Presiding Judge: This will be marked T/1009.

State Attorney Bach: I now submit to the Court several Romanian reports relating to the district of Transnistria. The first document is our No. 474. Here, the commander of the gendarmerie (constabulary) reports to his superiors that German SS men have taken 120 Jews out of a Jewish camp and executed them by shooting. This has caused general panic and flights from the camp. He adds: "The information is reliable."

Presiding Judge: Have you given Dr. Servatius a translation into a language which he understands?

State Attorney Bach: I think so. A complete list of all the documents which are not in German was drawn up, and we supplied translations of all those documents. I hope that this is one of them. The list was given to us at the time by the Defence, and thus I hope that they are aware of the contents of this document also.

Presiding Judge: This will be marked T/1010.

Dr. Servatius: Your Honour, the Presiding Judge, I have not yet received this document in German or in any other language. True, I can somehow decipher the general contents, but I should be very grateful if I could receive the document in German.

State Attorney Bach: We shall provide translations of these documents to the Defence.

The next document is our No. 475. In it the same commandant of the constabulary reports to his superiors that German policemen took 1,400 Jews from the camp in two days and executed them by shooting. The property of the Jews was seized and the bodies were burned. All these things happened in the district of Berezovka. It says that the information is reliable.

Presiding Judge: Do we know under whose command these camps in Transnistria were?

State Attorney Bach: Your Honours, later on we shall produce another witness, who will describe conditions in Transnistria for us. As I demonstrated by that Tighina Agreement, it was actually a joint German-Romanian administration, and I think that matters were not always the same in every place. Later there were also sporadic operations, there were German units and special operations units; they would come and carry out special operations. I also think that some of the reports of the special operations units, which have already been submitted in connection with their general operations, included these operations as well. I have included only one report of a special operations unit, which referred to Czernowitz only. But there are also joint operations for the district of Transnistria and special operations in the southern area.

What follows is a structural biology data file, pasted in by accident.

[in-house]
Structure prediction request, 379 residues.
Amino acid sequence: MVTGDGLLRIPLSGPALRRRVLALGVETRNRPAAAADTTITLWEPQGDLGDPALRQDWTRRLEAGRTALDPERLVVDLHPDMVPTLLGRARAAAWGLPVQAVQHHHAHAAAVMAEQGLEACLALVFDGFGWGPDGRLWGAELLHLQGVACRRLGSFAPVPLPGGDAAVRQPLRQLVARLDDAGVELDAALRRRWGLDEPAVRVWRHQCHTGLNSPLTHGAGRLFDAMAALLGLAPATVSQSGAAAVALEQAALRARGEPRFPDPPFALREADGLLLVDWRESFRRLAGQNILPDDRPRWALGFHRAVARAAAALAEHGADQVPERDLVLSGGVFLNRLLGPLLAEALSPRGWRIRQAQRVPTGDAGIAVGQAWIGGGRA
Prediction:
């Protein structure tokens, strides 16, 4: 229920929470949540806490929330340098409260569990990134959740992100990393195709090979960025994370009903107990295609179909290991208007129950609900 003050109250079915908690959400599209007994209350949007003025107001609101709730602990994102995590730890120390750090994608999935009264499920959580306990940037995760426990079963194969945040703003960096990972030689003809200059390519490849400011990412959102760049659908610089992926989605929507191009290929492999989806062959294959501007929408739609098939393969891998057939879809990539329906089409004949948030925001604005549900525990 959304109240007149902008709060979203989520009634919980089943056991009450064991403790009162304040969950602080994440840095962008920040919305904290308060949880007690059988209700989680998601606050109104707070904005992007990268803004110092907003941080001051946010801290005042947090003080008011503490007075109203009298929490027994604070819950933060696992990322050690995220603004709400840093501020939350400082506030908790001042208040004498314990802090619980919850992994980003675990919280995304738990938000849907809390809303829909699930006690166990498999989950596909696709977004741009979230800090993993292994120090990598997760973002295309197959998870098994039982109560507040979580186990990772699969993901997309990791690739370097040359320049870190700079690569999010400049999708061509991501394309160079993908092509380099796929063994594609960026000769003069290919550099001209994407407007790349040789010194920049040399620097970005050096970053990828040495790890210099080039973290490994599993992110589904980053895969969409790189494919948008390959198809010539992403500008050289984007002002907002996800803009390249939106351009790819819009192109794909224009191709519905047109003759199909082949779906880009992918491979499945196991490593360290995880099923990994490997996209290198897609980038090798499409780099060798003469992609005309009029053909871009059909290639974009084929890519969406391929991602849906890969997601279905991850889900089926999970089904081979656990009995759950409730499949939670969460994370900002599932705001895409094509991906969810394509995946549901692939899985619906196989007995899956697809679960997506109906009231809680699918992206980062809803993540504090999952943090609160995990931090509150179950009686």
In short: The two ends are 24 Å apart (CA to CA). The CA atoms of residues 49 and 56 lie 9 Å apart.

Presiding Judge: This will be marked T/1011.

State Attorney Bach: The next document is No. 476, which reports that twelve hundred Jews were transferred to the area of the constabulary post in Huliacovka, and from there to a certain kolkhoz, and that afterwards the Germans, SS men, took these Jews from the German settlement of Lichtenfeld and shot them. The information is reliable.

Presiding Judge: This will be marked T/1012.